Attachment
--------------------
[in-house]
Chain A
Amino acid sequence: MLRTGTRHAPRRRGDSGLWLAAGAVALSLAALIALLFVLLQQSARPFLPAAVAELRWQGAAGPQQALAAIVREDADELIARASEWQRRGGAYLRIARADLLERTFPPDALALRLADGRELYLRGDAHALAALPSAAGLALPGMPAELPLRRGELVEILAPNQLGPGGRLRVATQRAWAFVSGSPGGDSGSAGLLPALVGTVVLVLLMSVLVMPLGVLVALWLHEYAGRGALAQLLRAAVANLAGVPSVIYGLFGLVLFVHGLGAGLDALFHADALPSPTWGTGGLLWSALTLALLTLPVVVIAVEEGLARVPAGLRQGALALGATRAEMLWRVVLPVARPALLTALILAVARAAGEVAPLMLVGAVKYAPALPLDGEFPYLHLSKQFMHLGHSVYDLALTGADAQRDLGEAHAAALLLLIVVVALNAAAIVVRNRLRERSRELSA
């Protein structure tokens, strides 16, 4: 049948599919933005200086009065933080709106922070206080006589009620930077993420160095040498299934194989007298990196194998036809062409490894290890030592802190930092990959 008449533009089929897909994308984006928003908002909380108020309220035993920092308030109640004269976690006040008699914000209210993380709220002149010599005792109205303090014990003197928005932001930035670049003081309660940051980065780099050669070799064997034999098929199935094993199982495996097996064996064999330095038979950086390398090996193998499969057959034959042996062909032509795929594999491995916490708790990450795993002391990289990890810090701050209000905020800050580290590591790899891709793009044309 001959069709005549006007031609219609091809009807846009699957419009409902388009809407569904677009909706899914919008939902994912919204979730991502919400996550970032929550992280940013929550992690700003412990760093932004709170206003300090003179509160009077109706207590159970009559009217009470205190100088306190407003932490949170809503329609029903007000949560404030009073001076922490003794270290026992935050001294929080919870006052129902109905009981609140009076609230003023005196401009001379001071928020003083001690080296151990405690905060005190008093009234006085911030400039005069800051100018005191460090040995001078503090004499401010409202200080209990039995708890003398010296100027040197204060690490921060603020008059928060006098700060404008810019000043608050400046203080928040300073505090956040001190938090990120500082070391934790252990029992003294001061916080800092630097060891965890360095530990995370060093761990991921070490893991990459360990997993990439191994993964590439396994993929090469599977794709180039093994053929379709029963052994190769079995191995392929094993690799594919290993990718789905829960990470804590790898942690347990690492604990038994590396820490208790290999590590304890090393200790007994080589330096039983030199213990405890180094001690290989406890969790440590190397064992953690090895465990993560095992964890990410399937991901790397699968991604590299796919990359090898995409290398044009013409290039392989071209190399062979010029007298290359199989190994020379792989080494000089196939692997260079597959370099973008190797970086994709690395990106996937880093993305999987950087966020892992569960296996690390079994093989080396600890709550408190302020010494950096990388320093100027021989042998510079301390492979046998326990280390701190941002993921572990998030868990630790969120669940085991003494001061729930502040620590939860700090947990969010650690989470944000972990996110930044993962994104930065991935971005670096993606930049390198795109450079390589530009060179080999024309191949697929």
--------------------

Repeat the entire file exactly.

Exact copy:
[in-house]
Chain A
Amino acid sequence: MLRTGTRHAPRRRGDSGLWLAAGAVALSLAALIALLFVLLQQSARPFLPAAVAELRWQGAAGPQQALAAIVREDADELIARASEWQRRGGAYLRIARADLLERTFPPDALALRLADGRELYLRGDAHALAALPSAAGLALPGMPAELPLRRGELVEILAPNQLGPGGRLRVATQRAWAFVSGSPGGDSGSAGLLPALVGTVVLVLLMSVLVMPLGVLVALWLHEYAGRGALAQLLRAAVANLAGVPSVIYGLFGLVLFVHGLGAGLDALFHADALPSPTWGTGGLLWSALTLALLTLPVVVIAVEEGLARVPAGLRQGALALGATRAEMLWRVVLPVARPALLTALILAVARAAGEVAPLMLVGAVKYAPALPLDGEFPYLHLSKQFMHLGHSVYDLALTGADAQRDLGEAHAAALLLLIVVVALNAAAIVVRNRLRERSRELSA
């Protein structure tokens, strides 16, 4: 049948599919933005200086009065933080709106922070206080006589009620930077993420160095040498299934194989007298990196194998036809062409490894290890030592802190930092990959 008449533009089929897909994308984006928003908002909380108020309220035993920092308030109640004269976690006040008699914000209210993380709220002149010599005792109205303090014990003197928005932001930035670049003081309660940051980065780099050669070799064997034999098929199935094993199982495996097996064996064999330095038979950086390398090996193998499969057959034959042996062909032509795929594999491995916490708790990450795993002391990289990890810090701050209000905020800050580290590591790899891709793009044309 001959069709005549006007031609219609091809009807846009699957419009409902388009809407569904677009909706899914919008939902994912919204979730991502919400996550970032929550992280940013929550992690700003412990760093932004709170206003300090003179509160009077109706207590159970009559009217009470205190100088306190407003932490949170809503329609029903007000949560404030009073001076922490003794270290026992935050001294929080919870006052129902109905009981609140009076609230003023005196401009001379001071928020003083001690080296151990405690905060005190008093009234006085911030400039005069800051100018005191460090040995001078503090004499401010409202200080209990039995708890003398010296100027040197204060690490921060603020008059928060006098700060404008810019000043608050400046203080928040300073505090956040001190938090990120500082070391934790252990029992003294001061916080800092630097060891965890360095530990995370060093761990991921070490893991990459360990997993990439191994993964590439396994993929090469599977794709180039093994053929379709029963052994190769079995191995392929094993690799594919290993990718789905829960990470804590790898942690347990690492604990038994590396820490208790290999590590304890090393200790007994080589330096039983030199213990405890180094001690290989406890969790440590190397064992953690090895465990993560095992964890990410399937991901790397699968991604590299796919990359090898995409290398044009013409290039392989071209190399062979010029007298290359199989190994020379792989080494000089196939692997260079597959370099973008190797970086994709690395990106996937880093993305999987950087966020892992569960296996690390079994093989080396600890709550408190302020010494950096990388320093100027021989042998510079301390492979046998326990280390701190941002993921572990998030868990630790969120669940085991003494001061729930502040620590939860700090947990969010650690989470944000972990996110930044993962994104930065991935971005670096993606930049390198795109450079390589530009060179080999024309191949697929």